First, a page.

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Every Man For Himself 

Jean-Luc Godard's 1980 film about gets a re-release

click to enlarge Smoking and pondering: Jacques Dutronc
  • Smoking and pondering: Jacques Dutronc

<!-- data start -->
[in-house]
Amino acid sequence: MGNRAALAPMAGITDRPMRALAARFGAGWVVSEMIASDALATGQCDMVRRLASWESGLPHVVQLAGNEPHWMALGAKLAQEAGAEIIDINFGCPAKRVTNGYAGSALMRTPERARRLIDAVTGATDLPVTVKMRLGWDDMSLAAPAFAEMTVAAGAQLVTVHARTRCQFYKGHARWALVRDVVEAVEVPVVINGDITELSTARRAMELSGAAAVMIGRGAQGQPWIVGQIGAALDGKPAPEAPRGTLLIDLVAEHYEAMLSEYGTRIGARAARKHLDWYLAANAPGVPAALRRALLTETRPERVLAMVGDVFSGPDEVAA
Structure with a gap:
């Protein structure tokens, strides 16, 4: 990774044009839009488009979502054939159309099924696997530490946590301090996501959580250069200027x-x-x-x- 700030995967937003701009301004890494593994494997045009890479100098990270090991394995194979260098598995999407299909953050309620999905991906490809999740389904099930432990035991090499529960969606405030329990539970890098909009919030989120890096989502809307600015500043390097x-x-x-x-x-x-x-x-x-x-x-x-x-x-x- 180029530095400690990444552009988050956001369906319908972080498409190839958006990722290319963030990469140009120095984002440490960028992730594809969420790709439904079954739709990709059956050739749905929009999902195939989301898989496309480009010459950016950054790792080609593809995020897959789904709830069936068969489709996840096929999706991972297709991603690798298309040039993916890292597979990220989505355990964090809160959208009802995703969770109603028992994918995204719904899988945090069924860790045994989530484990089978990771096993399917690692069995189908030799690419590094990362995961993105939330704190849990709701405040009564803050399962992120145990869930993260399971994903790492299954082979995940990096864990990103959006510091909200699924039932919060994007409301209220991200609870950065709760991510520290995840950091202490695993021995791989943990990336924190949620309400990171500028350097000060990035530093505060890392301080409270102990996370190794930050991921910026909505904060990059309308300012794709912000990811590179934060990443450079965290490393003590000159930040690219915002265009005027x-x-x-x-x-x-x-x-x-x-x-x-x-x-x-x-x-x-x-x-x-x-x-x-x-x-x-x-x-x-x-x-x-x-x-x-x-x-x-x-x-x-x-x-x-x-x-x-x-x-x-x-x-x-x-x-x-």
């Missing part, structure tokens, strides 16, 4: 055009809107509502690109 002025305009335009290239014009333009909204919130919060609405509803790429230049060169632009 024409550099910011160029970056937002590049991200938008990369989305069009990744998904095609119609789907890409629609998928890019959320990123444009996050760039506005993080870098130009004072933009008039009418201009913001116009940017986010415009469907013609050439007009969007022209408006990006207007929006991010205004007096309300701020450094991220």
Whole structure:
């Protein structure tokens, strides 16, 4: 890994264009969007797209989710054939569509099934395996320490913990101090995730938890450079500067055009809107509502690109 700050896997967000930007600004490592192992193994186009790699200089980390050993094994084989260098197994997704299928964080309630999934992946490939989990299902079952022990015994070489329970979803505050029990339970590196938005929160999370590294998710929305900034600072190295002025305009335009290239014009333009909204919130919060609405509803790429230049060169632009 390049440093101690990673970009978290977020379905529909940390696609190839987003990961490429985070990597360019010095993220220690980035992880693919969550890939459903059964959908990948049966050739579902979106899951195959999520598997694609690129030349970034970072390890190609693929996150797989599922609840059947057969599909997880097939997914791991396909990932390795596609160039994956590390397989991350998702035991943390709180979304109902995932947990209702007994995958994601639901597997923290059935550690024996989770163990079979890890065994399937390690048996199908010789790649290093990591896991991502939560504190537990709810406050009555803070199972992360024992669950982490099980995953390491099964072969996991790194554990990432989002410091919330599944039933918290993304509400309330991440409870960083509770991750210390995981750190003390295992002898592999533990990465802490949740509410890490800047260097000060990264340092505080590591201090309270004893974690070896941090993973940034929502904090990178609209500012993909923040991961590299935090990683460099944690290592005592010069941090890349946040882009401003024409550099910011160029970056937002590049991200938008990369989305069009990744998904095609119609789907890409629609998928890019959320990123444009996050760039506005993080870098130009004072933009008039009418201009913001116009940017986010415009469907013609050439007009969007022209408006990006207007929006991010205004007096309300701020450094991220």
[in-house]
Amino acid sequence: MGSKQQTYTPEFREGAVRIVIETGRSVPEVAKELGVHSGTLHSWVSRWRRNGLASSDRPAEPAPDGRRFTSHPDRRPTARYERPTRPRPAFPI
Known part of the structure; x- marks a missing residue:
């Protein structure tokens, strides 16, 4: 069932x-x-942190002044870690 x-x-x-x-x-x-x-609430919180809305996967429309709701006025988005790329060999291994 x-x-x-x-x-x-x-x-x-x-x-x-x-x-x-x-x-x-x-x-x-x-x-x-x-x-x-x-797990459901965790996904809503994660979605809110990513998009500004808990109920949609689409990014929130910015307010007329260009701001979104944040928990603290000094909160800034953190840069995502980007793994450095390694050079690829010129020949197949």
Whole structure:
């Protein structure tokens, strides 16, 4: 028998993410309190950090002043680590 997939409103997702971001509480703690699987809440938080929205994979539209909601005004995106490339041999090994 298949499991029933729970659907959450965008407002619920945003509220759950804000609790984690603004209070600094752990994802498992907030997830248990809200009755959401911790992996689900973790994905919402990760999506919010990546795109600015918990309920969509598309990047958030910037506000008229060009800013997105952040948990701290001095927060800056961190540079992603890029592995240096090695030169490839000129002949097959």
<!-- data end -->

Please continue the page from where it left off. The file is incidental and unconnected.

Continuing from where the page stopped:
Godard, whose films are interesting even when (like this one) they're dull, is fascinated by the futility of relationships and the way men (mis)treat women, and he's anything but subtle about it. As much as he loves ideas, he seems to love the impossibility of love even more. You know from the start of Every Man For Himself, his esteemed and somewhat tedious and transparent 1980 film, that he's not going to lie to you. When the friend of a writer (Nathalie Baye) asks if her book will be about how things are, rather than how we want them to be, she says, "That wouldn't go down very well." She's just moved from the cruel city to live in the verdant countryside, photographed by Godard with more sunlight than any artist has a right to borrow. Her story complements and interacts with those of a prostitute (the always-mesmerizing Isabelle Huppert), and a brooding TV director (Jacques Dutronc), named Godard. We struggle to hang on, the writer reflects, and we scream to whoever will listen, "I am not a machine." It's hard to know whether to nod profoundly at this or roll your eyes just a bit. Meanwhile, the fictional Godard just wants everyone to shut up. "Even in a dream," he says, "everyone keeps looking for solutions." And by dream, of course, he means film. In French, with subtitles. Starts Fri., Feb. 25. Harris

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